“We are so proud of how far we have come,” said YMCA of Greater San Antonio CEO Sandy Morander. “We know from surveys that 37% of participants had not been physically active before participating in a Síclovía, and 56% say it is spurring continuing physical activity. Many also say it was their introduction to Southtown and without Síclovía they would have never learned about the great restaurants and other places to come experience down there.”

The 2.5 mile Southtown route crosses three City council districts, and two of the council members were on hand to take the Safety Pledge and speak.

“This event brings out thousands and thousands of people to play in the streets,” Councilmember Rebecca Viagran (D3) told the audience. “In District 3, all roads lead to Mission Concepción.”

“As a policymaker I’m so excited to hear that one of the things we are working on specifically, is zero pedestrian fatalities. Vision Zero Initiative is a concept that is sweeping the nation,” Councilmember Shirley Gonzales (D5) said of the national movement to reduce urban cyclist and pedestrian fatalities to zero. “San Antonio should be at the forefront of that.”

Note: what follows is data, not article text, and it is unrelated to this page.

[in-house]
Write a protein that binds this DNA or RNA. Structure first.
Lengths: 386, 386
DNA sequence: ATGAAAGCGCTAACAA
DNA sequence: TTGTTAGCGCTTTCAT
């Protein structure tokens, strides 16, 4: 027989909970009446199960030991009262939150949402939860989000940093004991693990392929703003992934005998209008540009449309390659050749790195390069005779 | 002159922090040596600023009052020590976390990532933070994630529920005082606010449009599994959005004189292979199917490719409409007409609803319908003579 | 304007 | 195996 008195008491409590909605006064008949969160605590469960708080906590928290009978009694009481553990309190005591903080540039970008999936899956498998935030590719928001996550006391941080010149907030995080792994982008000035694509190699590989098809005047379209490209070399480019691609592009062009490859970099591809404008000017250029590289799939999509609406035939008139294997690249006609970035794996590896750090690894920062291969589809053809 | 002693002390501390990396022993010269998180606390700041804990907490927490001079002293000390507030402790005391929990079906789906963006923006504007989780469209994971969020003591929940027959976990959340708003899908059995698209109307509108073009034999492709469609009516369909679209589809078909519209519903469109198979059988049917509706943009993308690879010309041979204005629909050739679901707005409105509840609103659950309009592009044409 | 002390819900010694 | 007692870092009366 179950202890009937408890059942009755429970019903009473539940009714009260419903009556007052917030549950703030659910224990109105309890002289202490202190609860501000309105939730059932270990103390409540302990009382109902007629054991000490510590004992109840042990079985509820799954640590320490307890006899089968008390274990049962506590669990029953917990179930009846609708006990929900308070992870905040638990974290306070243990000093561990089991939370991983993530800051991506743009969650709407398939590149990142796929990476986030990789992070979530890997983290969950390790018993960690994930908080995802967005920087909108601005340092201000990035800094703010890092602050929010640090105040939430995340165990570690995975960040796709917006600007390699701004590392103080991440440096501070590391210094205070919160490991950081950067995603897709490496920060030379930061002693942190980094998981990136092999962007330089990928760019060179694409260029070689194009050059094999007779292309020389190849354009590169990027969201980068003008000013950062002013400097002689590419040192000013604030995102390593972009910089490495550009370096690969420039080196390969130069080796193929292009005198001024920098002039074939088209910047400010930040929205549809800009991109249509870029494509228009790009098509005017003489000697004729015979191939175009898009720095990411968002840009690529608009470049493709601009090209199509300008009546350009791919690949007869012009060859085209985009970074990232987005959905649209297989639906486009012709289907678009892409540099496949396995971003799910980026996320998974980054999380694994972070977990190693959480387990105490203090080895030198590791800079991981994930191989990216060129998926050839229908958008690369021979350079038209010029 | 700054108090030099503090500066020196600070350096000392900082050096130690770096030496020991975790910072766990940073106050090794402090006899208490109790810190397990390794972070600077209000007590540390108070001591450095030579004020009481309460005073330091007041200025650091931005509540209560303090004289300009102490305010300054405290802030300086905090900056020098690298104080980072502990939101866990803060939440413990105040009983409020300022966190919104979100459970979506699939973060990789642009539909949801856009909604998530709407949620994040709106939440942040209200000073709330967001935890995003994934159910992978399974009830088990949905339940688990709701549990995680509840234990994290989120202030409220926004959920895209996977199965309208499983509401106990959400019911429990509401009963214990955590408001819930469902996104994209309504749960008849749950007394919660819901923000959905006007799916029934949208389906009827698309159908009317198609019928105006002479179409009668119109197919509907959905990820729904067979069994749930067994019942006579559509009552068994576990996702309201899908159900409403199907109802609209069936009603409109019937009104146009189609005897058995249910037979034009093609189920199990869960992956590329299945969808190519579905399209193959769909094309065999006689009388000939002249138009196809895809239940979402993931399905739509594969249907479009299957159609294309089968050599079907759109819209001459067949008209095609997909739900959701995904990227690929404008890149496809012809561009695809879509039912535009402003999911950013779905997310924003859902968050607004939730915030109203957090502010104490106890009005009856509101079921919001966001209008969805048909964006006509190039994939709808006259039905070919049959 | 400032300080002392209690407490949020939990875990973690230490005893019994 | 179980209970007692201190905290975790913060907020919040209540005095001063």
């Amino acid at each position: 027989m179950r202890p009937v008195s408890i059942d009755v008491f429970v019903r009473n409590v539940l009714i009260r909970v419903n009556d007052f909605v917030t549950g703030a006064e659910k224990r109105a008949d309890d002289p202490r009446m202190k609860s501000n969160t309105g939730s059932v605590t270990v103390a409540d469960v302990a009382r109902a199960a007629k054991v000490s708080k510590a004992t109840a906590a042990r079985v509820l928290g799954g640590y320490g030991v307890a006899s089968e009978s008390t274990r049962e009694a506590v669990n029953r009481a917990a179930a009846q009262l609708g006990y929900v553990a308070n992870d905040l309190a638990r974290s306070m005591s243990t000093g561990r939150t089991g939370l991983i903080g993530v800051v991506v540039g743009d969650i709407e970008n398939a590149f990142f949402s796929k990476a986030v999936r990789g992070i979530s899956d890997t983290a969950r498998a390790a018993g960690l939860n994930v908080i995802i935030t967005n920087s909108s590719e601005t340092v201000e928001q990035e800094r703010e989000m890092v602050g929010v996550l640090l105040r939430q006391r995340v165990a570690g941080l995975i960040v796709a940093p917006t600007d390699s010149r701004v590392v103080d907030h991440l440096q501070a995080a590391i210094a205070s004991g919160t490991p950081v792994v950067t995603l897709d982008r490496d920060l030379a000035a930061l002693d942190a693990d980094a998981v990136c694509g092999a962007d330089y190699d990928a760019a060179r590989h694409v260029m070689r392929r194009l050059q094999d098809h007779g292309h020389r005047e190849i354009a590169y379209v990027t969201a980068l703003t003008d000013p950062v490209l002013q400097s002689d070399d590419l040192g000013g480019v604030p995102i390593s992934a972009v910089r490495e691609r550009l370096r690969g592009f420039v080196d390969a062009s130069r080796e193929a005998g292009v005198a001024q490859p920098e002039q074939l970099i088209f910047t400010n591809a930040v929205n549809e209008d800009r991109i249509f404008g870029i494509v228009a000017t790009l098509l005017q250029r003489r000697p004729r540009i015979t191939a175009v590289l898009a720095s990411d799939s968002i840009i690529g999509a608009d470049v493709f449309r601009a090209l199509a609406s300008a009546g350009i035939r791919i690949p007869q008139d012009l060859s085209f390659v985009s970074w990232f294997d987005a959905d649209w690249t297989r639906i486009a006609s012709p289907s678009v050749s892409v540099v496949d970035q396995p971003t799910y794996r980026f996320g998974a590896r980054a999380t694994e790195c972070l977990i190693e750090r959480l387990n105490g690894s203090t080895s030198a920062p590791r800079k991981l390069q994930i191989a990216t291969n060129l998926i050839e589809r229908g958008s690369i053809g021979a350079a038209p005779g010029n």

Kevin Barton, a Texas A&M University-San Antonio faculty member, avid cyclist, and husband of Gonzales, has reported on the initiative for the Rivard Report. (See: Vision Zero Through Comprehensive Planning.)

As the event came to a conclusion, Viagran and Gonzales made their way to nearby laptops to be the first to take their pledge online.

*Featured/top image: A crowd gathers to take the Síclovía Safety Pledge – including (from front right). Councilmember Rebecca Viagran (D3), SA2020 Interim President and CEO Molly Cox, and Terry Bellamy, assistant director of the City’s Transportation and Capital Improvements department. Photo by Robert Rivard.

This story was originally published on Tuesday, March 3, 2015.

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Robert Rivard

Robert Rivard is editor of the San Antonio Report.